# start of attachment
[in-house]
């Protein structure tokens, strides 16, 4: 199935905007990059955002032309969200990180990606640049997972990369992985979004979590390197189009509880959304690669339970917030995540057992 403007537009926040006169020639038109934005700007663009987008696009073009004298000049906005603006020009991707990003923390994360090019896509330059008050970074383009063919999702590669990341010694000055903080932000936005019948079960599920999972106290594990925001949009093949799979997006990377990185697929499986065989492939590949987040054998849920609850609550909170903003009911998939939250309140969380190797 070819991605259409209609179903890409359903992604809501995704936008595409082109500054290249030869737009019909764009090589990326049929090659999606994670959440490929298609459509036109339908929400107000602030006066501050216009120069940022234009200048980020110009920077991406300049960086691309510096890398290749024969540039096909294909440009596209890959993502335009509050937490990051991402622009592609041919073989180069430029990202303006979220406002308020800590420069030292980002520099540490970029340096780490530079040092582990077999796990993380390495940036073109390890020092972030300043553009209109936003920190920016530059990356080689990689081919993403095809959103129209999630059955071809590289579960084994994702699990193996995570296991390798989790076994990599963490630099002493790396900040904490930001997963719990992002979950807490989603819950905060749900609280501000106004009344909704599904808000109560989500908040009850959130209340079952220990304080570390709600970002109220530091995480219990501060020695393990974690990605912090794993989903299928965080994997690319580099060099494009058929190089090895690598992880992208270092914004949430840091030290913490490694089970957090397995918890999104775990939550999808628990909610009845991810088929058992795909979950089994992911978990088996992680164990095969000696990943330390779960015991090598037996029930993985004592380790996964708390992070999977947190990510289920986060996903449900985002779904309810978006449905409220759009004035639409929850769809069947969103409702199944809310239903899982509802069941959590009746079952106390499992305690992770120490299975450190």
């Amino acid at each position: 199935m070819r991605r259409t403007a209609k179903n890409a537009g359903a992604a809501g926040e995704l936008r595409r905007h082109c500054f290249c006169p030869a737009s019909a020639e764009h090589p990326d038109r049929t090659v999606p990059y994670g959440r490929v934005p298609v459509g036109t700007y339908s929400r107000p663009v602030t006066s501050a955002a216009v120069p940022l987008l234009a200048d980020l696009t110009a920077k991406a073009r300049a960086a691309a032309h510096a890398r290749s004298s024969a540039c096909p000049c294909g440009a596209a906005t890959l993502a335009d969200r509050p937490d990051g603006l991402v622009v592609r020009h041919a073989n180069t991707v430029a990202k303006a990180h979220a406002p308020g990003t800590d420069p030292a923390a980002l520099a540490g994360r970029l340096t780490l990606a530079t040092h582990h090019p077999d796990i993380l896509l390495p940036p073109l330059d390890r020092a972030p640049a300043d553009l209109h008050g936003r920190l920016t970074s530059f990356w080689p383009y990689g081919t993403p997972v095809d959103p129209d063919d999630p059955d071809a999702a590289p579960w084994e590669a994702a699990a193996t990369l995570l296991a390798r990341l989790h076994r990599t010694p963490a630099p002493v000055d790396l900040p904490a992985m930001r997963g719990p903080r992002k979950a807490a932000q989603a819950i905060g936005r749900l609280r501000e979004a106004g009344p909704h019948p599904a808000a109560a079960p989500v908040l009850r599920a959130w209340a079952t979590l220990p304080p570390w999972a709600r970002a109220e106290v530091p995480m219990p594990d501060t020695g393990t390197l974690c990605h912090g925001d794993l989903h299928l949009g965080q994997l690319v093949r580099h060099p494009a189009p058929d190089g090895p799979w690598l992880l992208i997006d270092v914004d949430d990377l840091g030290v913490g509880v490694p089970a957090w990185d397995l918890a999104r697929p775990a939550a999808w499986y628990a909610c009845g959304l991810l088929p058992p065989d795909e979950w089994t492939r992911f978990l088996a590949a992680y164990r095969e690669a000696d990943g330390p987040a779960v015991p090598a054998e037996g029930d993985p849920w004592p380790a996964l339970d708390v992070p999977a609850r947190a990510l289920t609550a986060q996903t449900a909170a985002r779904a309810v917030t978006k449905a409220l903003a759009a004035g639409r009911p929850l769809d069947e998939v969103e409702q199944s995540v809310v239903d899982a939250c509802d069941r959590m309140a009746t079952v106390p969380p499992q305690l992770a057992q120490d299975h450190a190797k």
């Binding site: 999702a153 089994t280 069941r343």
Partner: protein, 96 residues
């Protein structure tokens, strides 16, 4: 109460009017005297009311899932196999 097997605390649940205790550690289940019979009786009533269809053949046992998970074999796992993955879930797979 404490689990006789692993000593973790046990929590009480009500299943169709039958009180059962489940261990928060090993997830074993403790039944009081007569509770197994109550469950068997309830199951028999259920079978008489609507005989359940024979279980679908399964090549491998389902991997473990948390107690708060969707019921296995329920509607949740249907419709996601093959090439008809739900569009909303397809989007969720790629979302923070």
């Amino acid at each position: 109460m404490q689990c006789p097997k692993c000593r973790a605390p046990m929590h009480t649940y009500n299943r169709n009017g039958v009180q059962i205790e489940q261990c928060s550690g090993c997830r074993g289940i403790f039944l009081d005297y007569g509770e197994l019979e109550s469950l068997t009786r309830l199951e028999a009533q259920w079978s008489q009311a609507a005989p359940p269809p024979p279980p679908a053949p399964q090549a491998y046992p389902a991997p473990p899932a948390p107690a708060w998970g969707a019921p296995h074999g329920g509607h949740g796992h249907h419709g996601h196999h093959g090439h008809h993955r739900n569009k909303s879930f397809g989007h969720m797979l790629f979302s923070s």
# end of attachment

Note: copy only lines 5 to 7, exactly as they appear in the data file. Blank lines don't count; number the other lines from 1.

Partner: protein, 96 residues
């Protein structure tokens, strides 16, 4: 109460009017005297009311899932196999 097997605390649940205790550690289940019979009786009533269809053949046992998970074999796992993955879930797979 404490689990006789692993000593973790046990929590009480009500299943169709039958009180059962489940261990928060090993997830074993403790039944009081007569509770197994109550469950068997309830199951028999259920079978008489609507005989359940024979279980679908399964090549491998389902991997473990948390107690708060969707019921296995329920509607949740249907419709996601093959090439008809739900569009909303397809989007969720790629979302923070």
């Amino acid at each position: 109460m404490q689990c006789p097997k692993c000593r973790a605390p046990m929590h009480t649940y009500n299943r169709n009017g039958v009180q059962i205790e489940q261990c928060s550690g090993c997830r074993g289940i403790f039944l009081d005297y007569g509770e197994l019979e109550s469950l068997t009786r309830l199951e028999a009533q259920w079978s008489q009311a609507a005989p359940p269809p024979p279980p679908a053949p399964q090549a491998y046992p389902a991997p473990p899932a948390p107690a708060w998970g969707a019921p296995h074999g329920g509607h949740g796992h249907h419709g996601h196999h093959g090439h008809h993955r739900n569009k909303s879930f397809g989007h969720m797979l790629f979302s923070s």